Editor’s Note: Sarah and I (Lily) have been doing most of the talking during this pandemic, but we want to hear from YOU! If you have something to say about how you’re feeling in these strange, terrifying, and surreal times we’re living in and want to write a newsletter intro about it, send an email over to me at lily@chairmanmom.com.

Our intro today comes from Chairman Mom reader Samantha Barnes, who’s the co-founder and CEO of Raddish.

Despite an abiding love for my pretty-in-pink seashell bike in 1987, I never much liked biking. My mom, who at 76 mountain bikes and travels the world cycling, has spent over three decades feeling mom guilt about this fact.

To this day, I’ve never been to a spin class; sedentary biking reminds me of painful PT visits after multiple knee surgeries. And clearly, I don’t have a Peloton!

But can you guess my new quarantine hobby? 

That’s right…biking! Every evening around 5pm or 6pm, I hop on my rusty yellow Hawaiian hand-me-down beach cruiser and pedal across the neighborhood, all the while imagining myself a kid in the 1950s. The sun is low in the sky, and it’s warmth radiates on my face, despite the cool breeze at my back. The sounds are of simpler times: Birds chirping, dogs barking, a distant lawnmower. Sometimes my kids come, and because there’s not a commuting car in sight, we race side by side down the center of the street. Sometimes I’m solo, casually waving to the other bikers, walkers, and neighbors on their front porches, each one taking advantage of golden hour in quarantined suburbia. Heck, I’ve practically made more new friends on my quarantine bike rides than I have in my 15 years in L.A.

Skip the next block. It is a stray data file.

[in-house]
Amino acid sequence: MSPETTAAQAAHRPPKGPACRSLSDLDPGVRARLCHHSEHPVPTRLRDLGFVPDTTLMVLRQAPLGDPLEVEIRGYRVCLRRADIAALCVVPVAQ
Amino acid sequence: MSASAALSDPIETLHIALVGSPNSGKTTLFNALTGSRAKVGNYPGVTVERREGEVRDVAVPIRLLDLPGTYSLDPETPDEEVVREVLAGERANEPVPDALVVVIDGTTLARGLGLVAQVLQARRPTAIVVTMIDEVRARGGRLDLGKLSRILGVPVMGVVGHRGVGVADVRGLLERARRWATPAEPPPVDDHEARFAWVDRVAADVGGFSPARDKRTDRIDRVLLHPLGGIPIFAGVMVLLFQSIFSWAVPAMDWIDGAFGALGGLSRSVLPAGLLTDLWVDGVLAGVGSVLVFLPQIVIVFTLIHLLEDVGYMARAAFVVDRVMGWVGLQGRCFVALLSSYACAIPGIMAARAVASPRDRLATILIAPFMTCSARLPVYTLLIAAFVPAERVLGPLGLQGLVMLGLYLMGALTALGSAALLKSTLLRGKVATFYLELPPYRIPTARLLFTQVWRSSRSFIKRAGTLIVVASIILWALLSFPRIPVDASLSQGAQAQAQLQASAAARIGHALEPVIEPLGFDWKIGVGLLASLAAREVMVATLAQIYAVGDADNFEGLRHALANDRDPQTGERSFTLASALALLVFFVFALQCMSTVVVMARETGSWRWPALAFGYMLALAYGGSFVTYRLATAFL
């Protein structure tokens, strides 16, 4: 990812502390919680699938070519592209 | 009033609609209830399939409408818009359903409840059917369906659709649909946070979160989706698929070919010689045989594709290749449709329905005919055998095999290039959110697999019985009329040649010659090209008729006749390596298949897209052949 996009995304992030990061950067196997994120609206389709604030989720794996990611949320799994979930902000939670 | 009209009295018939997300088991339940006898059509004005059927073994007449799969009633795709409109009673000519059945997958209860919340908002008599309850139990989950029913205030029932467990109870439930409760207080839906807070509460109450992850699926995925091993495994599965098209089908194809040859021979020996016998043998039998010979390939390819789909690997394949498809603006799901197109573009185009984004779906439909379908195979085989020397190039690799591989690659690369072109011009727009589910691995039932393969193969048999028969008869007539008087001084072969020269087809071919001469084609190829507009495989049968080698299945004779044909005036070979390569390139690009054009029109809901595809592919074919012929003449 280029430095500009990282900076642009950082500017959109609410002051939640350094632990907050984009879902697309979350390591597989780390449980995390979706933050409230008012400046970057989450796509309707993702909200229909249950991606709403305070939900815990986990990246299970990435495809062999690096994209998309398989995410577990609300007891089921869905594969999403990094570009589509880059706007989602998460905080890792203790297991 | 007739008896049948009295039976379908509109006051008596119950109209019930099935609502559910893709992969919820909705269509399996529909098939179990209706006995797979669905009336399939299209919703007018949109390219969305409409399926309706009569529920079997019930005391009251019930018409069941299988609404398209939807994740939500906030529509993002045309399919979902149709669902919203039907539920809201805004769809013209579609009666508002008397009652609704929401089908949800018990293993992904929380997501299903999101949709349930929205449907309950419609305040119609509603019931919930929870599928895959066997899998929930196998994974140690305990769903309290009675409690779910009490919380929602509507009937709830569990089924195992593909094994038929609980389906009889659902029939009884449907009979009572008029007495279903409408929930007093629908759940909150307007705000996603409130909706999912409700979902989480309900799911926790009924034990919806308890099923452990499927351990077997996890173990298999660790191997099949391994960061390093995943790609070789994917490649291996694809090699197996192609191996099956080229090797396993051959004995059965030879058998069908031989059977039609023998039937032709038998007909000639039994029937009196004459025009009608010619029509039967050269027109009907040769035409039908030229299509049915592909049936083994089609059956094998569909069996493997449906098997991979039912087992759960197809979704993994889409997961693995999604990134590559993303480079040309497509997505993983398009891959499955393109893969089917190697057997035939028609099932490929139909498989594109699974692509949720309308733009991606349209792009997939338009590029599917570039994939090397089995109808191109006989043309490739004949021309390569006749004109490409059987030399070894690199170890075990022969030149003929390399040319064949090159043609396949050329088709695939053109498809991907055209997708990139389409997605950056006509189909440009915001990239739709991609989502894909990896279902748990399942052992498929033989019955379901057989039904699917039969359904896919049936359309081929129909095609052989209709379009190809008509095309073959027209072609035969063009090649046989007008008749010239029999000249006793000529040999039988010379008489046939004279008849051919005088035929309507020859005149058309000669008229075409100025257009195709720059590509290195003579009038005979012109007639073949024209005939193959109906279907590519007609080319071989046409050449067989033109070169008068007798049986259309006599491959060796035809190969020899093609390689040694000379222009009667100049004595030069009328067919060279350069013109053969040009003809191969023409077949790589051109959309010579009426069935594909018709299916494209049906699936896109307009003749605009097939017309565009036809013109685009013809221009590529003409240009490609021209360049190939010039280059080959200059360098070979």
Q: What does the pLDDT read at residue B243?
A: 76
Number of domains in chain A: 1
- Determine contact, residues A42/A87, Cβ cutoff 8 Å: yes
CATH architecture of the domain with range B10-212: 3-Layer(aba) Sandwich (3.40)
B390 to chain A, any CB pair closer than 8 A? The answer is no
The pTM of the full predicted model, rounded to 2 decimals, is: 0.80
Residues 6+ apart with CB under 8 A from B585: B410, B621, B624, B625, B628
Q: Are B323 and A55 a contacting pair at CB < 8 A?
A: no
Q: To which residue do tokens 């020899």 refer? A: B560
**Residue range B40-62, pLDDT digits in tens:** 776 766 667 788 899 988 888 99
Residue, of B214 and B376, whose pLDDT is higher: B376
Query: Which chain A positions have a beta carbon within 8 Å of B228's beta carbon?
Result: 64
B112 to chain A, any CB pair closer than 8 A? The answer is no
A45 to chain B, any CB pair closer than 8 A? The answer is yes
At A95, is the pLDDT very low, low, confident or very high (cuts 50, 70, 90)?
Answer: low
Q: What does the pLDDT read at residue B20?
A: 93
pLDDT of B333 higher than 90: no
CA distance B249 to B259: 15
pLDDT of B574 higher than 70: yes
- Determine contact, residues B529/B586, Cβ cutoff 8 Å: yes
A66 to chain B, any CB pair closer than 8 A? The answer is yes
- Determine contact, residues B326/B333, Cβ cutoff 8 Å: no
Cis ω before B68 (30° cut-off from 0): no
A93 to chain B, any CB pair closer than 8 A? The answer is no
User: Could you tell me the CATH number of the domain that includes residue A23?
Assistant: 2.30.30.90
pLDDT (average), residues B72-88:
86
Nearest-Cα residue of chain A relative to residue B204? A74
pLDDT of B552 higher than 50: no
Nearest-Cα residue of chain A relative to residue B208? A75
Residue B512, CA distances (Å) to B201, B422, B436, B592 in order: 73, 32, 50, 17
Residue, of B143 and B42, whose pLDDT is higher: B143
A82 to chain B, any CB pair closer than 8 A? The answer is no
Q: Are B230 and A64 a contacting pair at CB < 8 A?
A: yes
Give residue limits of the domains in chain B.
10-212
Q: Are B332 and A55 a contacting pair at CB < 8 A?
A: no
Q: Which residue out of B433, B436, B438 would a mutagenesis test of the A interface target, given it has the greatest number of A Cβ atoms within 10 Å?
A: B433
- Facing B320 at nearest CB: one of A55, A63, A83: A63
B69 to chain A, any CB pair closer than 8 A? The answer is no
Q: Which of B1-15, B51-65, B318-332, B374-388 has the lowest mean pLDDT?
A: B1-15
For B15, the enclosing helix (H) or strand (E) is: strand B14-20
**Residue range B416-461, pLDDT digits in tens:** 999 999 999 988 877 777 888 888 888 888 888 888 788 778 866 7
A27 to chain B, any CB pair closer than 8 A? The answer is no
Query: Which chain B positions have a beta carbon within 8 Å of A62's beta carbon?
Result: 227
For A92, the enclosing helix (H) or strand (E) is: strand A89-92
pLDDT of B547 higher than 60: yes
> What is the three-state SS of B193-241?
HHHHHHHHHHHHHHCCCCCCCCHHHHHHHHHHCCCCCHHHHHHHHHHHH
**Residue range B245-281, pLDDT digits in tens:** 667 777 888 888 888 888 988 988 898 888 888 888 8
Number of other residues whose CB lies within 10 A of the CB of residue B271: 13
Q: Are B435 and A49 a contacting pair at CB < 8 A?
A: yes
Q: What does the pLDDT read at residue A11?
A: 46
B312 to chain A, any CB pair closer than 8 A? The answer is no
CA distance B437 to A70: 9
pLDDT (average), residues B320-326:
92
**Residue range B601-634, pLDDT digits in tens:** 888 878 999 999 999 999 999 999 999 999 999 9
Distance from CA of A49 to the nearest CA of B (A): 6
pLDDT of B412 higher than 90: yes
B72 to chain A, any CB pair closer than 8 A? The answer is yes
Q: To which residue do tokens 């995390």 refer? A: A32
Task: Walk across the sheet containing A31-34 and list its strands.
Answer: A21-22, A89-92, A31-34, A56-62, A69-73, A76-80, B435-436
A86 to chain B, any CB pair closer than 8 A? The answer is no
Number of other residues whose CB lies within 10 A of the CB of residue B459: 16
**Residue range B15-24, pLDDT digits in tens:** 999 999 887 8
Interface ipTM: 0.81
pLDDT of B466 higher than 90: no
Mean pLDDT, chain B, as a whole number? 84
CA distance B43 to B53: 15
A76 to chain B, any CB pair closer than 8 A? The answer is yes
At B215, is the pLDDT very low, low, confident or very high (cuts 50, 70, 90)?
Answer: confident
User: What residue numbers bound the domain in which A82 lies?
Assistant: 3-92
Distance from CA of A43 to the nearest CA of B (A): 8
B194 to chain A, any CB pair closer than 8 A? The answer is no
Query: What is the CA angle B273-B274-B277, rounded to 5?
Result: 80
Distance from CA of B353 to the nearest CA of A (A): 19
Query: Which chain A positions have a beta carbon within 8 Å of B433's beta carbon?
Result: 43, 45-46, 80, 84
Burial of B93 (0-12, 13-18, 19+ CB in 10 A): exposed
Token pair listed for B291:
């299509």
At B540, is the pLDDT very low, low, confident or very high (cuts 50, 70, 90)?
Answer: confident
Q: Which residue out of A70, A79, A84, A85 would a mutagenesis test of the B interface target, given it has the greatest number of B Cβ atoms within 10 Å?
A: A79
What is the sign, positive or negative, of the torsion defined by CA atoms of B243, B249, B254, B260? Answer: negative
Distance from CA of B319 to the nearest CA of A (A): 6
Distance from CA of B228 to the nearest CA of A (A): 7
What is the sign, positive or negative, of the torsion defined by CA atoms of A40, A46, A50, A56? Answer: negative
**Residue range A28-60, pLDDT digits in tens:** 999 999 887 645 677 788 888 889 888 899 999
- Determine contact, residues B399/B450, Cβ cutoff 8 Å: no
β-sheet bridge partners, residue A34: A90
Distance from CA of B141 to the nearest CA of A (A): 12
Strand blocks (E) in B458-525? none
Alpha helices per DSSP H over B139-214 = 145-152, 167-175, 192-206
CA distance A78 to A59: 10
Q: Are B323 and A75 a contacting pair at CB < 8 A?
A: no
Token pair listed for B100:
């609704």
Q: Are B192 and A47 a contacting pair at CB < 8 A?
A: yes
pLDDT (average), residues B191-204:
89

For 30 minutes, I’m not an exhausted mom, worrying about my kids’ screen time or worn out by their constant needs. I’m not an anxiety-laden media consumer, worrying about deep inequities in our drastically changing world and millions of people suffering. I’m not a startup founder working from home, worrying about what comes next for my business and how to best support my colleagues. I’m not an overwhelmed homeschool teacher, worrying about my kids’ education and their endless Zoom schedules. I’m not a provider, worrying about what we’re having for dinner or the next time I’ll have to mask-up to replenish at the grocery store. For 30 minutes, I just am. 

Whether it’s an appreciation of simplicity, or the neighborhood calm, or the feeling of childhood freedom, biking has become my happy hour. 

I’ve spent years trying to figure out what self-care looked like for me. Who knew it would take a pandemic to find it?

Today’s new questions on Chairman Mom:

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